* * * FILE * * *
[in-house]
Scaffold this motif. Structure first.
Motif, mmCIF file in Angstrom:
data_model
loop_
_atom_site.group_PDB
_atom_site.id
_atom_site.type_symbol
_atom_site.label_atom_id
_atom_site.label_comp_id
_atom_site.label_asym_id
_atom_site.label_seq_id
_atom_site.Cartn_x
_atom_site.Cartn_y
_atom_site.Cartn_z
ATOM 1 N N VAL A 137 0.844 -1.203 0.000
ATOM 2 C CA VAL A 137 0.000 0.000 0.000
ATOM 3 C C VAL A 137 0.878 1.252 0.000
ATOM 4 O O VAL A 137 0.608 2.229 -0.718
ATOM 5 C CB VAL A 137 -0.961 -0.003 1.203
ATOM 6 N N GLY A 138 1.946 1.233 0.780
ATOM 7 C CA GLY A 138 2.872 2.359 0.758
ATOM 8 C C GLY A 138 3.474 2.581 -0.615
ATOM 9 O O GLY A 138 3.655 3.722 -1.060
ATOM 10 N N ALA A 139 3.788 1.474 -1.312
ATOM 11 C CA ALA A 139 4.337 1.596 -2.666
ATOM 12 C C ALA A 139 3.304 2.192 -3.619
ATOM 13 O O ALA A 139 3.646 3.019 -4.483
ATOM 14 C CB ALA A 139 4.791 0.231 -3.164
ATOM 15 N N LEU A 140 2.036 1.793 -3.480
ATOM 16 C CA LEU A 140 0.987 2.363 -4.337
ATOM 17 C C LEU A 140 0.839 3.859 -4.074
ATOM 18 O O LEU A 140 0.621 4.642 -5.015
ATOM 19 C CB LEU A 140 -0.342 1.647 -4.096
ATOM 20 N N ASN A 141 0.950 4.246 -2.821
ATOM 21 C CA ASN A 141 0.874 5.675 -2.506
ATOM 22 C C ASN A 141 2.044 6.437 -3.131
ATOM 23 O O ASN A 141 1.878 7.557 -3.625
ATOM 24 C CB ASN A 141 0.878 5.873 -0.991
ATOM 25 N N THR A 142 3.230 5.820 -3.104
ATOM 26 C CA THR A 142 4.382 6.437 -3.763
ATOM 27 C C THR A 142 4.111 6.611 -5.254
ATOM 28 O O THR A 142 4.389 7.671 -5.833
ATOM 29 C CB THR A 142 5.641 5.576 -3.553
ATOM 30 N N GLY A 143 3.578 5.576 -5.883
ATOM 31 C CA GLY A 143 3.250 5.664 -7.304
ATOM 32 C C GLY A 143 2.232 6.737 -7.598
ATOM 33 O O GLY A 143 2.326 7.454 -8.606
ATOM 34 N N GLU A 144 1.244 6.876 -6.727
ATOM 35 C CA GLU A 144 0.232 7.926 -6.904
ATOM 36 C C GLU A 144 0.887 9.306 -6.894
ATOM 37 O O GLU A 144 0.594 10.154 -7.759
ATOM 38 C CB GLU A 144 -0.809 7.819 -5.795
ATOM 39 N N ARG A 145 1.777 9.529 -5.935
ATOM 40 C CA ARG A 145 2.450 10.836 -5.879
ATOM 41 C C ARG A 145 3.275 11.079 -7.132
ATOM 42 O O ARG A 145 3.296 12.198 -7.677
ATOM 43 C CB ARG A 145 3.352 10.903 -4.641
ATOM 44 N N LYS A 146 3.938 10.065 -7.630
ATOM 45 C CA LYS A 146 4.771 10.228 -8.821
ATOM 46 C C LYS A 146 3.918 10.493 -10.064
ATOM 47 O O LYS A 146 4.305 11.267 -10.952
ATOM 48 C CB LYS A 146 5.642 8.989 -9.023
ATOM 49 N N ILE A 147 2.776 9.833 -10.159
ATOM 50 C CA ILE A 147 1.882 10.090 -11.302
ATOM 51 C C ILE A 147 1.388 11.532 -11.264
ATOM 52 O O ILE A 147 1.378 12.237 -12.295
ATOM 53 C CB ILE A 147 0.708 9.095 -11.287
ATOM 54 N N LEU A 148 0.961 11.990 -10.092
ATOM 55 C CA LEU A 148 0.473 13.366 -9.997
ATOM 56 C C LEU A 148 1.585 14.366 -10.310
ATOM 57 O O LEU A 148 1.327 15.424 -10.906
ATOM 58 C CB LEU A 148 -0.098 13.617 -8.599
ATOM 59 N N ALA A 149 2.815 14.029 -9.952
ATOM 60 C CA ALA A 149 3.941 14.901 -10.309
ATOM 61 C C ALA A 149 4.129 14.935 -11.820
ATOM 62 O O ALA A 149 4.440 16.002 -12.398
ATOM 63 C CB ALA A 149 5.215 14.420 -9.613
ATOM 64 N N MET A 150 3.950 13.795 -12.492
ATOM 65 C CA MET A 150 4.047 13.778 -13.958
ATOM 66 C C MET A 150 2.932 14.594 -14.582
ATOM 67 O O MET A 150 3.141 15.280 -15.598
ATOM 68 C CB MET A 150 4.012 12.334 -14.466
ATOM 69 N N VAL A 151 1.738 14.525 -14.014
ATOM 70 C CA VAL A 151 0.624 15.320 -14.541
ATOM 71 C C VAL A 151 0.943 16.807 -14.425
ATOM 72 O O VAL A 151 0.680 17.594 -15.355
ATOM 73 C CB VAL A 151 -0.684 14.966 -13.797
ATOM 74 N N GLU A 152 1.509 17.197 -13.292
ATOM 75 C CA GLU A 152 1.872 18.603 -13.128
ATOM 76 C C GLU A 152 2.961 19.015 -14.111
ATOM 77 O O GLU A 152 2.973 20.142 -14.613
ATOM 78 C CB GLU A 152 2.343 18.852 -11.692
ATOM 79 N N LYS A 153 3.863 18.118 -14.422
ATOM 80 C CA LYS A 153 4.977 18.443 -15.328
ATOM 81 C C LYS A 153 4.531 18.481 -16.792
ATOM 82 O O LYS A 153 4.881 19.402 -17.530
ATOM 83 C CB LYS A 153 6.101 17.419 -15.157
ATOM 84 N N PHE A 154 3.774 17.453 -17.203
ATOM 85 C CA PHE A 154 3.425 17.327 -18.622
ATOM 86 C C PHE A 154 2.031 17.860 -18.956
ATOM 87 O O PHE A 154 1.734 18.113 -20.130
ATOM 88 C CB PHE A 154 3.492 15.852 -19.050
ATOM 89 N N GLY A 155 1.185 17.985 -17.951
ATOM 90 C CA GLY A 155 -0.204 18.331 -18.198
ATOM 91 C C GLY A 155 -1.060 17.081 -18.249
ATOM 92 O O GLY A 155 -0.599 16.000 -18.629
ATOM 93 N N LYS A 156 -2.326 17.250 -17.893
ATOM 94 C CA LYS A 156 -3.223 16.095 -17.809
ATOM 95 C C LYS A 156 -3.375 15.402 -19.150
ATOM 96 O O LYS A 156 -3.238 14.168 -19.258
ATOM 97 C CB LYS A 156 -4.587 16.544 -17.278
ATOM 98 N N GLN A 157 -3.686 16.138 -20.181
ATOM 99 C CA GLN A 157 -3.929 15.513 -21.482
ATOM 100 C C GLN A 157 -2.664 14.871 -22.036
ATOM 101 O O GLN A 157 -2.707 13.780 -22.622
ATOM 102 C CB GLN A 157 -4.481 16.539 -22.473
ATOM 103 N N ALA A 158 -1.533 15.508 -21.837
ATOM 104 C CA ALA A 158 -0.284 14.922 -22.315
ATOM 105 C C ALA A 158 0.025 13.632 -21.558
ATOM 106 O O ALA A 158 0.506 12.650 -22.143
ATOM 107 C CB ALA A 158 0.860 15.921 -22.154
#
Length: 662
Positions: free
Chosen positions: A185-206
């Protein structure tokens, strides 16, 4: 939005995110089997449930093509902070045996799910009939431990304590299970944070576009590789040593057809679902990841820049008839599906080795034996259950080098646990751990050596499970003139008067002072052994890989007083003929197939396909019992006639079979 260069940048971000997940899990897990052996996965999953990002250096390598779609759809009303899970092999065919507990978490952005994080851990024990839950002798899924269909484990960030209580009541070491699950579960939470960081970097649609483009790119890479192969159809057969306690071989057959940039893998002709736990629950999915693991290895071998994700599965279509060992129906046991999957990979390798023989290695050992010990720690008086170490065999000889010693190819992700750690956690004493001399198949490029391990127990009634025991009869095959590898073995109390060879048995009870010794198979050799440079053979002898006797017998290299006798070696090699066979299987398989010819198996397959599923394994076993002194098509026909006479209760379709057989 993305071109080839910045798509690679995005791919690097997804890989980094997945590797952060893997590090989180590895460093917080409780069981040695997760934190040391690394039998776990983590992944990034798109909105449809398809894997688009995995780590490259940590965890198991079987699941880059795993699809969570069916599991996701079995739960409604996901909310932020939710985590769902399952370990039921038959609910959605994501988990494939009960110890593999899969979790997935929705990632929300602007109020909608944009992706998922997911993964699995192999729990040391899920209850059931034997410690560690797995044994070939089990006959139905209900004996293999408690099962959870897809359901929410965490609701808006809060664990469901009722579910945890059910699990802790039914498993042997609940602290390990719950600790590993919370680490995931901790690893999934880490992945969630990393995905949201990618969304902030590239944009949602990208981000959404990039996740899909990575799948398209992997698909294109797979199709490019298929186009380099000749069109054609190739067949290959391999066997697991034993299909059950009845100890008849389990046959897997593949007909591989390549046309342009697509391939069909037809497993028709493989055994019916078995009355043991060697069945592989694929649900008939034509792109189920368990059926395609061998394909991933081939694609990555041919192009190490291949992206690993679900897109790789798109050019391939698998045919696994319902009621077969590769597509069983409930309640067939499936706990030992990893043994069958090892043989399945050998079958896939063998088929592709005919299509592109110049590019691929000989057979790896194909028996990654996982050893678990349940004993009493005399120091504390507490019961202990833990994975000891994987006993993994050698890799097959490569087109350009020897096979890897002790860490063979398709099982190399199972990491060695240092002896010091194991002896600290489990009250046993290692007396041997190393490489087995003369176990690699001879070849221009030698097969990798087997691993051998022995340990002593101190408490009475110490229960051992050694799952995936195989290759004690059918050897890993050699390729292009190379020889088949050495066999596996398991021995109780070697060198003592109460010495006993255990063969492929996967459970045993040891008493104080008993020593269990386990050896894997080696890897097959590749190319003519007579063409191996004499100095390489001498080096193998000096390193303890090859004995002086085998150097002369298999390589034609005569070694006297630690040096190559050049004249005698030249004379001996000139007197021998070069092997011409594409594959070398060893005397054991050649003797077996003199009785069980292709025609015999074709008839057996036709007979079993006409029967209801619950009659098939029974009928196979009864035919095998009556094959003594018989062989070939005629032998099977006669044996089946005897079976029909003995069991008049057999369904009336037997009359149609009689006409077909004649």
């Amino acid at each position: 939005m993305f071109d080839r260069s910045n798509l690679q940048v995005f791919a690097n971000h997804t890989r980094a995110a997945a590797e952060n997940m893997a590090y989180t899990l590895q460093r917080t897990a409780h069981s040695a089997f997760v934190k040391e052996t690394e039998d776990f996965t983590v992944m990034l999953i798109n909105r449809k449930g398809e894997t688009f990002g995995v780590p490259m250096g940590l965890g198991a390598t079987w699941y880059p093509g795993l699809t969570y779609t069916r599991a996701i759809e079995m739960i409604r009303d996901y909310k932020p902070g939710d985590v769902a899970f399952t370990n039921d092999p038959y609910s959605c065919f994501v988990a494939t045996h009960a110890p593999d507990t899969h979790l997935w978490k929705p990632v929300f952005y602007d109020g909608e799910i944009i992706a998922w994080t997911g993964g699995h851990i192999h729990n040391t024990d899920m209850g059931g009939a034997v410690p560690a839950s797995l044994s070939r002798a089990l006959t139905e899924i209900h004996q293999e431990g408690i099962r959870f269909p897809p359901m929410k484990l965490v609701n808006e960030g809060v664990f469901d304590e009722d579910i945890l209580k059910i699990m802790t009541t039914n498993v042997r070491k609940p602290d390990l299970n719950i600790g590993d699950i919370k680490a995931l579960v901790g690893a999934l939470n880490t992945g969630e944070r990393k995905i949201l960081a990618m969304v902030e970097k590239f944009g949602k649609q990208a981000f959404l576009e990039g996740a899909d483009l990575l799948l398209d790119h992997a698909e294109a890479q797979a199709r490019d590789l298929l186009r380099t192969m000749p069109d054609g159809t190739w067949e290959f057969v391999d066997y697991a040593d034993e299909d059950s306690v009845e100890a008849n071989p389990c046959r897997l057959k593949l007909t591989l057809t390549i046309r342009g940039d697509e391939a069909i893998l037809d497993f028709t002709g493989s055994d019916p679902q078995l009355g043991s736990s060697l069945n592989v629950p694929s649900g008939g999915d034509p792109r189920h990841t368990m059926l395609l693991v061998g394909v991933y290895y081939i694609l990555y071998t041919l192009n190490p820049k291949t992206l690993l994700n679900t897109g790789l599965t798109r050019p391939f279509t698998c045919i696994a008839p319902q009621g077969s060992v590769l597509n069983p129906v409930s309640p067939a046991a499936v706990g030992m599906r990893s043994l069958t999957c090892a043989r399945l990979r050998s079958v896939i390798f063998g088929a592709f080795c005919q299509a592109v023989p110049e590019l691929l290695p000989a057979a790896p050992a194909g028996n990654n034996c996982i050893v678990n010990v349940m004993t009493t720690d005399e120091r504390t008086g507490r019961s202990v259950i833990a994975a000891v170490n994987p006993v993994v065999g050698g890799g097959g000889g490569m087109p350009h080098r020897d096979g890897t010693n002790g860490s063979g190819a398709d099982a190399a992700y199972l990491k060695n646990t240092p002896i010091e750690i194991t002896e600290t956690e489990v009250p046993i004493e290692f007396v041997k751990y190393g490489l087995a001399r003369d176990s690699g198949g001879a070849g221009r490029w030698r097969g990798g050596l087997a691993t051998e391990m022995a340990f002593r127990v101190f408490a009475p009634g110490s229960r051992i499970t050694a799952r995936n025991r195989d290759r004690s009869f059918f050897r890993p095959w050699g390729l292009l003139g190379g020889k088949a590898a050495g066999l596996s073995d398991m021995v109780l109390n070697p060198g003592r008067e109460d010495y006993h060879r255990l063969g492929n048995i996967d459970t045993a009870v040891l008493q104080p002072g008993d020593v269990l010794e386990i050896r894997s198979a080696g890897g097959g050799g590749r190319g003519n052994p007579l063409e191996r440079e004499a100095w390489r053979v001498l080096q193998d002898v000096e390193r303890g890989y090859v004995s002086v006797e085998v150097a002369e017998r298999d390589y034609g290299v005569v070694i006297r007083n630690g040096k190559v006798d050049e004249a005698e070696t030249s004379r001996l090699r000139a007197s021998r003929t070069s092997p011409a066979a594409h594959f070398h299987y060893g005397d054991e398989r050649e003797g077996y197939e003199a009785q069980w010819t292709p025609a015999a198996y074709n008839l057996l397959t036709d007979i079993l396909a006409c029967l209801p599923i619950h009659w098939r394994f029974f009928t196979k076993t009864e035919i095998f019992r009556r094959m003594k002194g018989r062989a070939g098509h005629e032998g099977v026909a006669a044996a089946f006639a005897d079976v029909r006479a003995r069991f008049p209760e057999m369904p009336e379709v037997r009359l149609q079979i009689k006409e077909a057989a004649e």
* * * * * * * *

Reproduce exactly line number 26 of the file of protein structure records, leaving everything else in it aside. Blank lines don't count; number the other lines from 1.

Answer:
ATOM 11 C CA ALA A 139 4.337 1.596 -2.666